Arbitrator sets aside government staffer's firing after Twitter exchange with UCP press secretary

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An arbitrator has ordered a government of Alberta staffer's dismissal to be set aside after he was fired following a Twitter exchange involving a UCP cabinet minister and his press secretary.

Jeffery Nichols worked for the Alberta Surface Rights Board (SRB) from 2014 to June of 2020.

He was fired after a series of tweets in response to posts from then-Minister of Municipal Affairs Kaycee Madu and his press secretary at the time, Timothy Gerwing.

In a June 28 ruling, Arbitrator Francis Price called the case "just another example" of "disastrous exchanges on social media that have led to personal and professional fallout."

"Dismissal was not warranted, but was an excessive measure of discipline."

The ruling was not a total acquittal of Nichols' actions.

Price ruled Nichols breached a workplace code of conduct with a tweet that referred to Madu as "too much of a coward."

Price ordered Nichols to be reinstated "at once" without any loss of seniority. He is also entitled to compensation and benefits for time lost away from work.

Nichols now lives out of the province and says it's too early to say what his next steps will be. 

"It was a stressful time, but I'm relieved that it's over and I'm content with the decision." 

The Alberta Union of Provincial Employees declined to comment.

'DO YOU SERVE THE SRB?'

On June 7, Nichols was among those who attended a Black Lives Matter rally at the Alberta legislature. 

Madu, the municipal affairs minister at the time, tweeted that he had agreed to speak at the event, “but was told by organizers that I could not.”

Two days after the rally, Madu tweeted this video with the title “stop divisive left-wing identity politics” and accusing the "bitterly angry" Opposition NDP of working to get his invitation rescinded.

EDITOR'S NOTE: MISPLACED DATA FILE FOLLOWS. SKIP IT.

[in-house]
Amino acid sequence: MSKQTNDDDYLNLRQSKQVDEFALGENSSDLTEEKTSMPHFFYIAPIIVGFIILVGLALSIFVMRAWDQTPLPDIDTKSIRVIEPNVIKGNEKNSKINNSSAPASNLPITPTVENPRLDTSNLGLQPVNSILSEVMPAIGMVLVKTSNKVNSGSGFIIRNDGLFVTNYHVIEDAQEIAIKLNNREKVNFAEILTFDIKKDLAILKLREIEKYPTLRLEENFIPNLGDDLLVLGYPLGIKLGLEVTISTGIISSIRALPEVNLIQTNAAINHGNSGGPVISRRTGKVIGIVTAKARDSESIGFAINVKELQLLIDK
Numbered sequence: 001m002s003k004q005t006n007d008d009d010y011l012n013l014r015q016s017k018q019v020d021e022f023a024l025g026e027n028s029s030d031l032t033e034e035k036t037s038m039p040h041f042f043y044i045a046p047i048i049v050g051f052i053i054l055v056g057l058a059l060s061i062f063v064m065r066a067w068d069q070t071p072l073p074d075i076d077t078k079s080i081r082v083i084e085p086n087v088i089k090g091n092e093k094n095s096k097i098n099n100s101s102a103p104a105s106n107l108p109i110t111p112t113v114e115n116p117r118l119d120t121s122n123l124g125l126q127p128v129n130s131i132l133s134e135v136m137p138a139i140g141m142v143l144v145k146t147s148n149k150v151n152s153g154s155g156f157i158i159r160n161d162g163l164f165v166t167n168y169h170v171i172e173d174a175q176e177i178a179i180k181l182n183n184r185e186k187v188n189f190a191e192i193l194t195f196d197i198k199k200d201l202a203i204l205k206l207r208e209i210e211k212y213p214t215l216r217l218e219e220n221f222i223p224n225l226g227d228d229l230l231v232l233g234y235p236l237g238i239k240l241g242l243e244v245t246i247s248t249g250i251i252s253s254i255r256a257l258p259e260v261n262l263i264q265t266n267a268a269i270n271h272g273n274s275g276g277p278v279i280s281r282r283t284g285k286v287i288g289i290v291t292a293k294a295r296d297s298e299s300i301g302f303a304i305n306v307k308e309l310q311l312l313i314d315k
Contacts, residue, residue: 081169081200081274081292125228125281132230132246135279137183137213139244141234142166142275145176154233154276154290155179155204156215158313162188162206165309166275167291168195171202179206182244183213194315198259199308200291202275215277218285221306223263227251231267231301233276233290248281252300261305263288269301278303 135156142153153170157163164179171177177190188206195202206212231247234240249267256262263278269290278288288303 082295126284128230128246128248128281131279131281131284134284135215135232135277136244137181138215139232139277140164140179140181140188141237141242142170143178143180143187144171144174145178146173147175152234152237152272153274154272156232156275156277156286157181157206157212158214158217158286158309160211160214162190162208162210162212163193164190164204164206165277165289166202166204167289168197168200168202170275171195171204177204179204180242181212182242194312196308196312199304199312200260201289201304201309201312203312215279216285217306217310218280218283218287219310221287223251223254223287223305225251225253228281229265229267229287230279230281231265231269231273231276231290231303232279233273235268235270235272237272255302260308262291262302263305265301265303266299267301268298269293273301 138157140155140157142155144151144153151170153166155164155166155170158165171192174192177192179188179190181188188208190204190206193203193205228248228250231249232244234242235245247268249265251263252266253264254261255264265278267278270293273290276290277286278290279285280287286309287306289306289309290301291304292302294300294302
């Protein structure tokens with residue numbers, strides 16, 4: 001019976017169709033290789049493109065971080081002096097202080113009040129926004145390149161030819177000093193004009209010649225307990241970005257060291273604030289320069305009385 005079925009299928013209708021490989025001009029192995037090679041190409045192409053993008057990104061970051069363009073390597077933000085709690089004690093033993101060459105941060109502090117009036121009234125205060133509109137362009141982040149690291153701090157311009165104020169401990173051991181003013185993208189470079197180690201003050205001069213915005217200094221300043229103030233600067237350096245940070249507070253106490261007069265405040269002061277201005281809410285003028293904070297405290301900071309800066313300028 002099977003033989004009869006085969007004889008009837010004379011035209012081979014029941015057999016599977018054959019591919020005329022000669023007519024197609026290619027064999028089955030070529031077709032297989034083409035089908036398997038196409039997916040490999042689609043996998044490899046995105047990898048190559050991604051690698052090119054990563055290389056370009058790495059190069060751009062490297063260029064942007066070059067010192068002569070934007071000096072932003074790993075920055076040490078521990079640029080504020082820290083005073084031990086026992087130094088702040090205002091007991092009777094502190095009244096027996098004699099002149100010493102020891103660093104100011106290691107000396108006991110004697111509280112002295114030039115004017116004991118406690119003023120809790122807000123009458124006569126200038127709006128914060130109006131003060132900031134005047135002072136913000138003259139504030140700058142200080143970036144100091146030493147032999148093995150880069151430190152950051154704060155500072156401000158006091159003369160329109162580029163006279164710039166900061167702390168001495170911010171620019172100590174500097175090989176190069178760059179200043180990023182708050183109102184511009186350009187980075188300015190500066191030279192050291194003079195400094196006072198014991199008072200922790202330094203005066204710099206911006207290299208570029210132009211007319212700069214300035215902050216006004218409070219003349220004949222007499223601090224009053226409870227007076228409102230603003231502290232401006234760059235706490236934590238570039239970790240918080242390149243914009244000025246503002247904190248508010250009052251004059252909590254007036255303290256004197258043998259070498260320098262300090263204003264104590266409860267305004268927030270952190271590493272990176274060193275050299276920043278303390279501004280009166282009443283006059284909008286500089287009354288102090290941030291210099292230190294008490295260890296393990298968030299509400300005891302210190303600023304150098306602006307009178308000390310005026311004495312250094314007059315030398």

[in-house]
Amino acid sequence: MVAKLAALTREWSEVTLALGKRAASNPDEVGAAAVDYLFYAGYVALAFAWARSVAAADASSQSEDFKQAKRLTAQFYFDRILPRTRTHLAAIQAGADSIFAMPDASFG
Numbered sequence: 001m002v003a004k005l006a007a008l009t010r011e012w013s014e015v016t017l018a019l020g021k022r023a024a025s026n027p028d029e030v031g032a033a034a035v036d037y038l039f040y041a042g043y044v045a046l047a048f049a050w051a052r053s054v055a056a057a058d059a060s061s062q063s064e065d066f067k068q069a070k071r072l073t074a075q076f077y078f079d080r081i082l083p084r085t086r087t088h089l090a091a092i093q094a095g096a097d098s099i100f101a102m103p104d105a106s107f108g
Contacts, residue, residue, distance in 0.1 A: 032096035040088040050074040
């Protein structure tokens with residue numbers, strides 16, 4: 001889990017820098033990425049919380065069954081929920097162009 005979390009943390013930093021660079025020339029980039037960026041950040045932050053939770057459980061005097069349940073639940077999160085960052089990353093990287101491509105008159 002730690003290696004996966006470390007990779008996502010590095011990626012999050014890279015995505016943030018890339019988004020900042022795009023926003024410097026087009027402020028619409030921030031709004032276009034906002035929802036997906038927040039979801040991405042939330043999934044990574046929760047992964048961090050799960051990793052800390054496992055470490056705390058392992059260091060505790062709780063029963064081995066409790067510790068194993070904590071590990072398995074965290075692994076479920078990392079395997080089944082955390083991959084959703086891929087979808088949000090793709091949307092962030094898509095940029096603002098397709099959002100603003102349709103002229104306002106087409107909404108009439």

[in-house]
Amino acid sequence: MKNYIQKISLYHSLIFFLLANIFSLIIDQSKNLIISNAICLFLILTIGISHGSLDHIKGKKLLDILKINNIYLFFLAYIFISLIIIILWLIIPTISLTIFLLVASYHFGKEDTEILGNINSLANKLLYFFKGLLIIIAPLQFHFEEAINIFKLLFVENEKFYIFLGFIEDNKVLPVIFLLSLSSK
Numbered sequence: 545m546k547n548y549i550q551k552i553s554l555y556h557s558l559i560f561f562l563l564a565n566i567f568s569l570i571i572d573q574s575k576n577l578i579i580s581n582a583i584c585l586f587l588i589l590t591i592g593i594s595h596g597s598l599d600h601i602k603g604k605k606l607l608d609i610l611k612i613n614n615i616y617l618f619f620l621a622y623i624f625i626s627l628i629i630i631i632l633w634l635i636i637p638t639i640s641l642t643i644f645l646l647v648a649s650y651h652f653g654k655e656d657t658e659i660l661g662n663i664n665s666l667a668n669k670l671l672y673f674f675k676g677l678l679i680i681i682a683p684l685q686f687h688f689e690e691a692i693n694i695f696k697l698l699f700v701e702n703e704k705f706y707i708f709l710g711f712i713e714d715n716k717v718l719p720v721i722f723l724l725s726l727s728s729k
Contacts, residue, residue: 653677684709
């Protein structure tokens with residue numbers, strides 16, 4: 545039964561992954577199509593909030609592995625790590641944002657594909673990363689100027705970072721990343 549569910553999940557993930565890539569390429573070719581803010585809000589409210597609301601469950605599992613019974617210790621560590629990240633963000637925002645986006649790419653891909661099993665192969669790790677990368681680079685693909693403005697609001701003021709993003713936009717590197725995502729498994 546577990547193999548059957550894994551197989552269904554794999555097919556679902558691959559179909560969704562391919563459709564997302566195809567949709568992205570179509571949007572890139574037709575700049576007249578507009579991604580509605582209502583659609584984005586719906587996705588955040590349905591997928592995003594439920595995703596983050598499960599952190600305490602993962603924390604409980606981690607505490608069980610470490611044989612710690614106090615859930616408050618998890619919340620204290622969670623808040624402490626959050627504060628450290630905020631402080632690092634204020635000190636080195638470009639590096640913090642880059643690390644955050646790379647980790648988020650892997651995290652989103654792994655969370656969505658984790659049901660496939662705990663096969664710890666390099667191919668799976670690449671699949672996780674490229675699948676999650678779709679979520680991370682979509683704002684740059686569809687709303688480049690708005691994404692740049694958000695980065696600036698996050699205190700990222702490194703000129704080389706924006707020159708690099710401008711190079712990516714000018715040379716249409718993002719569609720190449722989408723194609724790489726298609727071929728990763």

The bitterly angry Alberta NDP told me to reflect on why I was not welcome to speak at a Black Lives Matter event at the Legislature. I have. Here are my thoughts. #ableg pic.twitter.com/oFiQXIhfzo

— Kaycee Madu (@KayceeMaduYEG) June 9, 2020

Nichols joined others in responding to the tweeted video, posting four tweets in reaction, including one replying to Madu’s account. 

Gerwing copied one of those tweets and used it to launch a new thread, eventually outing Nichols and his job with the ministry of municipal affairs and the SRB.

“Really Jeffery?” read one of Gerwing’s tweets. “Do you serve the SRB?” read another.

Nichols responded, "Are you trying to blackmail me?" 

Price characterized Gerwing's tweets as harassment, writing that where Nichols worked "was information that should not have been released by Mr. Gerwing."

Gerwing is now the director of communications for the UCP caucus. He did not respond to requests for comment.

Nichols tweeted an apology to Madu and Gerwing on June 10, "I see that my criticism of Mr Madu’s tolerance of bad apples in his caucus was ruder than it needed to be. I apologize for any offence."

Madu is now the minister of justice and solicitor general. His office also did not respond to requests for comment.

'A COUPLE OF LIVID FOLKS'

The ruling outlines how the government reacted within a day to Nichols' tweets.

“I am CERTAIN we need to take disciplinary action … we have a couple of livid folks,” reads an internal email “from the chief of staff” as cited in the ruling.

Madu asked for “a full account” within five days, according to the same email.

On June 22, Nichols was given a dismissal notice that read in part, "this action is being taken as a result of your significant lack of judgment, integrity, honesty as well as your misuse of Government of Alberta equipment."

As grounds for termination, it cited Nichols' tweets as having violated several workplace policies while also accusing him of using his government-issued computer to post those tweets.

Price found the "coward" tweet from Nichols broke code of conduct rules, but otherwise rejected the government's arguments, saying while Nichols' tweets were "harsh" political statements, they "did not amount to ridicule or sarcasm, nor were they designed as disrespectful."

He also ruled Nichols hadn’t used government resources and wasn't identifiable as a government staffer until being outed by Gerwing.

“Whoever drafted the letter of dismissal jumped to the wrong conclusion as to the posts that were made.”

Price also cited the unprompted public apology from Nichols as well as the quality of his prior work in arriving at his ruling.

“We are satisfied that the appropriate discipline in this case is to order the providing of a written reprimand.”